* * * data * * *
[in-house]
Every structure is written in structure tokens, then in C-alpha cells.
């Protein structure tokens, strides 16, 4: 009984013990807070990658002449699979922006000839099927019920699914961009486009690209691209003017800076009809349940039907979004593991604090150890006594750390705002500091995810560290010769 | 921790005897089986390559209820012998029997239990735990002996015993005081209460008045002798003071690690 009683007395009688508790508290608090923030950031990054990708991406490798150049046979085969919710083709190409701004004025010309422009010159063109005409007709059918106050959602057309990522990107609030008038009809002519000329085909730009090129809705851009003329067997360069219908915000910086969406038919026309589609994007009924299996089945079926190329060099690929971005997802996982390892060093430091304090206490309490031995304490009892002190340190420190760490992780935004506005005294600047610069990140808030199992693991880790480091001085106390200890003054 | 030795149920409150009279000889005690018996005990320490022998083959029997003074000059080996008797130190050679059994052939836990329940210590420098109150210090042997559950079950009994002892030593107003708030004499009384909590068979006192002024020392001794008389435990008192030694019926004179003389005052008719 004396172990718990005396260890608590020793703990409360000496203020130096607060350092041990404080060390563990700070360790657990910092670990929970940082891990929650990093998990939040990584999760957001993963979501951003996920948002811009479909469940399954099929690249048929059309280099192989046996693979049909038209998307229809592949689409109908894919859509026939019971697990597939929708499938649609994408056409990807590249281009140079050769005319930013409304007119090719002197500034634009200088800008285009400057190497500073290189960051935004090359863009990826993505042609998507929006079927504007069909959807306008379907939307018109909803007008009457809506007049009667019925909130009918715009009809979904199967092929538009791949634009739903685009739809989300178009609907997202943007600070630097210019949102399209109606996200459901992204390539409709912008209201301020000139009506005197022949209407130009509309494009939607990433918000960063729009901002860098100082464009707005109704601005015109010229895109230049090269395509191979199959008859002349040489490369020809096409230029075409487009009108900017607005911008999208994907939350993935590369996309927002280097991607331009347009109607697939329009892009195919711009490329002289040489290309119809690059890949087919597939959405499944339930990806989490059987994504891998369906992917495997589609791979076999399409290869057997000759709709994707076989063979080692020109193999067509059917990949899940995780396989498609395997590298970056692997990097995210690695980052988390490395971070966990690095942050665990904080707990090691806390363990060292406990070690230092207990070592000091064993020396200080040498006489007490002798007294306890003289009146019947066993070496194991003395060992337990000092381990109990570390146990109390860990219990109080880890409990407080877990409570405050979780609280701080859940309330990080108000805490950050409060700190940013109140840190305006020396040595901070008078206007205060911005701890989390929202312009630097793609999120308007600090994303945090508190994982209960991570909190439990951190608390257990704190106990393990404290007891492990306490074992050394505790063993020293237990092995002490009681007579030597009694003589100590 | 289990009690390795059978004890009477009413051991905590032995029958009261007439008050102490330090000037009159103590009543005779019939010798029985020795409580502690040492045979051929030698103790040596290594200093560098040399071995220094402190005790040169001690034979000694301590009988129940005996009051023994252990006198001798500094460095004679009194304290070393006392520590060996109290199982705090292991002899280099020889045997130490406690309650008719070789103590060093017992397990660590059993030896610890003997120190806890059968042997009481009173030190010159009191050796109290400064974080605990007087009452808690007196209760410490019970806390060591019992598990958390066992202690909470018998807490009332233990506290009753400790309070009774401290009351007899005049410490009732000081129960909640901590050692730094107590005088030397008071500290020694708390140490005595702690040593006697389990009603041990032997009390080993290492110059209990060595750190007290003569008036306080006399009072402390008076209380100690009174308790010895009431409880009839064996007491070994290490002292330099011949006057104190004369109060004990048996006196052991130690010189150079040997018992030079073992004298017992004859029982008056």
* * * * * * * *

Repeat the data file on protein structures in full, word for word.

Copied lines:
[in-house]
Every structure is written in structure tokens, then in C-alpha cells.
């Protein structure tokens, strides 16, 4: 009984013990807070990658002449699979922006000839099927019920699914961009486009690209691209003017800076009809349940039907979004593991604090150890006594750390705002500091995810560290010769 | 921790005897089986390559209820012998029997239990735990002996015993005081209460008045002798003071690690 009683007395009688508790508290608090923030950031990054990708991406490798150049046979085969919710083709190409701004004025010309422009010159063109005409007709059918106050959602057309990522990107609030008038009809002519000329085909730009090129809705851009003329067997360069219908915000910086969406038919026309589609994007009924299996089945079926190329060099690929971005997802996982390892060093430091304090206490309490031995304490009892002190340190420190760490992780935004506005005294600047610069990140808030199992693991880790480091001085106390200890003054 | 030795149920409150009279000889005690018996005990320490022998083959029997003074000059080996008797130190050679059994052939836990329940210590420098109150210090042997559950079950009994002892030593107003708030004499009384909590068979006192002024020392001794008389435990008192030694019926004179003389005052008719 004396172990718990005396260890608590020793703990409360000496203020130096607060350092041990404080060390563990700070360790657990910092670990929970940082891990929650990093998990939040990584999760957001993963979501951003996920948002811009479909469940399954099929690249048929059309280099192989046996693979049909038209998307229809592949689409109908894919859509026939019971697990597939929708499938649609994408056409990807590249281009140079050769005319930013409304007119090719002197500034634009200088800008285009400057190497500073290189960051935004090359863009990826993505042609998507929006079927504007069909959807306008379907939307018109909803007008009457809506007049009667019925909130009918715009009809979904199967092929538009791949634009739903685009739809989300178009609907997202943007600070630097210019949102399209109606996200459901992204390539409709912008209201301020000139009506005197022949209407130009509309494009939607990433918000960063729009901002860098100082464009707005109704601005015109010229895109230049090269395509191979199959008859002349040489490369020809096409230029075409487009009108900017607005911008999208994907939350993935590369996309927002280097991607331009347009109607697939329009892009195919711009490329002289040489290309119809690059890949087919597939959405499944339930990806989490059987994504891998369906992917495997589609791979076999399409290869057997000759709709994707076989063979080692020109193999067509059917990949899940995780396989498609395997590298970056692997990097995210690695980052988390490395971070966990690095942050665990904080707990090691806390363990060292406990070690230092207990070592000091064993020396200080040498006489007490002798007294306890003289009146019947066993070496194991003395060992337990000092381990109990570390146990109390860990219990109080880890409990407080877990409570405050979780609280701080859940309330990080108000805490950050409060700190940013109140840190305006020396040595901070008078206007205060911005701890989390929202312009630097793609999120308007600090994303945090508190994982209960991570909190439990951190608390257990704190106990393990404290007891492990306490074992050394505790063993020293237990092995002490009681007579030597009694003589100590 | 289990009690390795059978004890009477009413051991905590032995029958009261007439008050102490330090000037009159103590009543005779019939010798029985020795409580502690040492045979051929030698103790040596290594200093560098040399071995220094402190005790040169001690034979000694301590009988129940005996009051023994252990006198001798500094460095004679009194304290070393006392520590060996109290199982705090292991002899280099020889045997130490406690309650008719070789103590060093017992397990660590059993030896610890003997120190806890059968042997009481009173030190010159009191050796109290400064974080605990007087009452808690007196209760410490019970806390060591019992598990958390066992202690909470018998807490009332233990506290009753400790309070009774401290009351007899005049410490009732000081129960909640901590050692730094107590005088030397008071500290020694708390140490005595702690040593006697389990009603041990032997009390080993290492110059209990060595750190007290003569008036306080006399009072402390008076209380100690009174308790010895009431409880009839064996007491070994290490002292330099011949006057104190004369109060004990048996006196052991130690010189150079040997018992030079073992004298017992004859029982008056």